Although this analysis is limited to Britain, it is probably relevant for all nations. Following the Great Financial Crisis, capitalism simply reconstructed the same pre-crisis economic system. There was no intention to change anything – nor any need. The lesson was clear. Should something go wrong the state would pick up the tab again.
By Konstantin Bikas, Economist at Positive Money
Cross-posted from Positive Money
Under the current monetary system, bank lending is the main way in which new money is created. Banks’ lending decisions determine which sectors money is directed to which in turn has vast implications for the shape and stability of our economy.
A decade after the last crisis, caused by excessive lending to property and financial markets, it is interesting to see that the problems of the past still haunt us to this day. Most lending is still directed to property and financial markets, with lending to the productive sector lagging significantly behind.
The chart below shows the total sterling amounts of outstanding lending by monetary financial institutions to UK residents. Since 2008 overall lending to the economy has increased by 5% from £2.07tn to £2.2 tn. The largest growth in proportional terms has been in secured loans to individuals (predominantly mortgages), which have increased by 58.7% form £755.5 bn to £1.2tn (seen in dark blue below), and to insurance companies and pension funds, which increased by almost 30% to £33.2 billion (in orange).
On the other hand, the largest decreases since the crisis are seen in lending to public and other services (which decreased by 42% to £47bn – grey bar), to companies undertaking the buying, selling and renting of real estate (which fell by 44.4% to £134.5bn – blue bar) and to the financial sector, which has seen a decrease of 32% from £601.3bn to £408bn (green bar). Productive lending – i.e. loans to sectors which contribute to GDP (Gross Domestic Product) – has stayed pretty much the same (red bar below) and decreased by just under 3% to £226.5bn.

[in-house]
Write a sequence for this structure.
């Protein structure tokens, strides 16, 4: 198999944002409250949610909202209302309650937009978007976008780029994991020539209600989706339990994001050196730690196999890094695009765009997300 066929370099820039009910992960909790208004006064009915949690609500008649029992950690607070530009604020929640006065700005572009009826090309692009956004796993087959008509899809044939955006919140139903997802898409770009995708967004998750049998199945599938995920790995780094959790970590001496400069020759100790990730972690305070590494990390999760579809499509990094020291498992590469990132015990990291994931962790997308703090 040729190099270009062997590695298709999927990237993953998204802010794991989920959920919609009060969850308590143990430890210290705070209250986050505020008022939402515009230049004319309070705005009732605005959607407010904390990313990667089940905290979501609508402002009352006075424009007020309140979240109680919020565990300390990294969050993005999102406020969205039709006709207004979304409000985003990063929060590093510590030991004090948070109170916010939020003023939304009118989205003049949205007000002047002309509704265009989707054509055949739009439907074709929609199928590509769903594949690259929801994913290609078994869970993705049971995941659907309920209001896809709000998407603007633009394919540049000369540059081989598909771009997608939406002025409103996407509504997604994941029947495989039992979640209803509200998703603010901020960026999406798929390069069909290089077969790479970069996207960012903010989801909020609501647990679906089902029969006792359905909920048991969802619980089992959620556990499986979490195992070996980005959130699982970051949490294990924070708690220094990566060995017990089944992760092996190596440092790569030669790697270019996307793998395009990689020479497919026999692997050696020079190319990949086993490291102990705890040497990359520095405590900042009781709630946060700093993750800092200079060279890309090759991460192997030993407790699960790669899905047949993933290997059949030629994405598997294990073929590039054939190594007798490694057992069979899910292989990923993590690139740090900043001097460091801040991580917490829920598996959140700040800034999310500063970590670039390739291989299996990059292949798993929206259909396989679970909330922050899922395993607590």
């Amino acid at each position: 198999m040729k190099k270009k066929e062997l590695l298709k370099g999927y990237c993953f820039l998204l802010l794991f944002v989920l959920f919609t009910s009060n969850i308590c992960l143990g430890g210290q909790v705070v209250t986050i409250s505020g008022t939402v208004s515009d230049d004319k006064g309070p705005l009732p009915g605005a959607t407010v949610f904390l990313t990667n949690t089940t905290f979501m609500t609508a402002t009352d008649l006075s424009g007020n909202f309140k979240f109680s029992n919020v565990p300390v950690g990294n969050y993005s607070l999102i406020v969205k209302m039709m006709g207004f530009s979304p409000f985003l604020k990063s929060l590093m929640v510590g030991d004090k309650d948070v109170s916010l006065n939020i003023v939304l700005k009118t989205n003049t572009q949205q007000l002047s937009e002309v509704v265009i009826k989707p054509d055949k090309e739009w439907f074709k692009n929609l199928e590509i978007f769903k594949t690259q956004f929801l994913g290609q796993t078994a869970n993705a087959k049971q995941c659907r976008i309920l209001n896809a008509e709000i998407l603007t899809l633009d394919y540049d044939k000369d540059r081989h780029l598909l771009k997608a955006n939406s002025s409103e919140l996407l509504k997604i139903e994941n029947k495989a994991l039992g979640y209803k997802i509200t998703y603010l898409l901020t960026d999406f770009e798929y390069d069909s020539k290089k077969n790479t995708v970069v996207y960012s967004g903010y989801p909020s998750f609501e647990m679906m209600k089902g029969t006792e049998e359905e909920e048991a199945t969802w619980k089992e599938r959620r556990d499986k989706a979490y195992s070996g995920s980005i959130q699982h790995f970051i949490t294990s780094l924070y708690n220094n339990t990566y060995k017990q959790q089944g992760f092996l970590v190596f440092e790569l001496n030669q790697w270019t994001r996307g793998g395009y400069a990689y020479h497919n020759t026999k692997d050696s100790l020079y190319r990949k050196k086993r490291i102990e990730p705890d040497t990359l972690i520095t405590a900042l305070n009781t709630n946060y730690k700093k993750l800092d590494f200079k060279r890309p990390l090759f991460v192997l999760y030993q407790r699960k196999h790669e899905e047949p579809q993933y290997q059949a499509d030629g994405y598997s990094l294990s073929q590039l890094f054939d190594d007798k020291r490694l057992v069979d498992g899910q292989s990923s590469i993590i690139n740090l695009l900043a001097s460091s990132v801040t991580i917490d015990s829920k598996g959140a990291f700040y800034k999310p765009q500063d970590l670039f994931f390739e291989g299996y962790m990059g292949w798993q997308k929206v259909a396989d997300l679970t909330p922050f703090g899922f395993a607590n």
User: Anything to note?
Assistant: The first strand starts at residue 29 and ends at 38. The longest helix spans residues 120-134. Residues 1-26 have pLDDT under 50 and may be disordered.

Nevertheless, productive lending, which constitutes the most economically beneficial type of lending, accounts for only 10.4% of total loans (red line below) – a decrease of around 1 percentage point since 2008, as seen in the chart below depicting the relative magnitudes of lending going to each sector. The drawn-out struggle to raise productivity in the UK is reflected in these figures.
Source: Table C1.2 Bank of England statistics
By far the greatest proportion (55%, the dark blue line above) is lending secured to individuals, which is predominantly directed to the property market in the form of mortgages, and has helped sustain an increase in house prices (seen below). Following the financial crisis, house prices took some time to recover but soon resumed an upward trend, interrupted only by recent uncertainty following the Brexit referendum.
Commentators are watching mortgages closely. Policymakers at the Bank of England have hesitated over raising the base interest rate, but higher costs of borrowing for homeowners will be on the way soon. Regulation since the financial crisis has trimmed back some of the worst excesses of the housing market. The percentage of new loans with a loan-to-value ratio (i.e. the proportion of the home’s value represented by the mortgage loan) over 90% has fallen. However, the percentage of mortgages with a value several times the individual’s income (whether single or joint income – seen below) has been creeping upwards. The Bank of England has warned that mortgage lenders are taking increasing risks.
Source: Bank of England, Mortgage Lenders and Administrators’ Statistics Q4 2017
It is encouraging that lending directed to the financial sector has not only decreased in absolute terms but also in relative terms, as it now accounts for 18.7% of all lending versus 29% in 2008 (green line in figure 2 above). Unsecured lending to individuals accounts for 6.1% of total lending (yellow line figure 2), and lending to companies buying, selling and renting real estate for 6.2% (orange line figure 2), both showing a decrease (of 0.6 and 5.5 percentage points respectively).
Overall, it seems that since the financial crisis nothing has significantly changed. The decline in lending to the financial sector is definitely a positive sign. However, the proportion of lending going to the productive sector of our economy remains small. This indicates lower levels of real investment, a fact that has important implications for productivity. In addition, the significant increase in mortgage lending is a sign of danger, especially with interest rate rises on the horizon that will increase the burden of debt repayments for a number of households.
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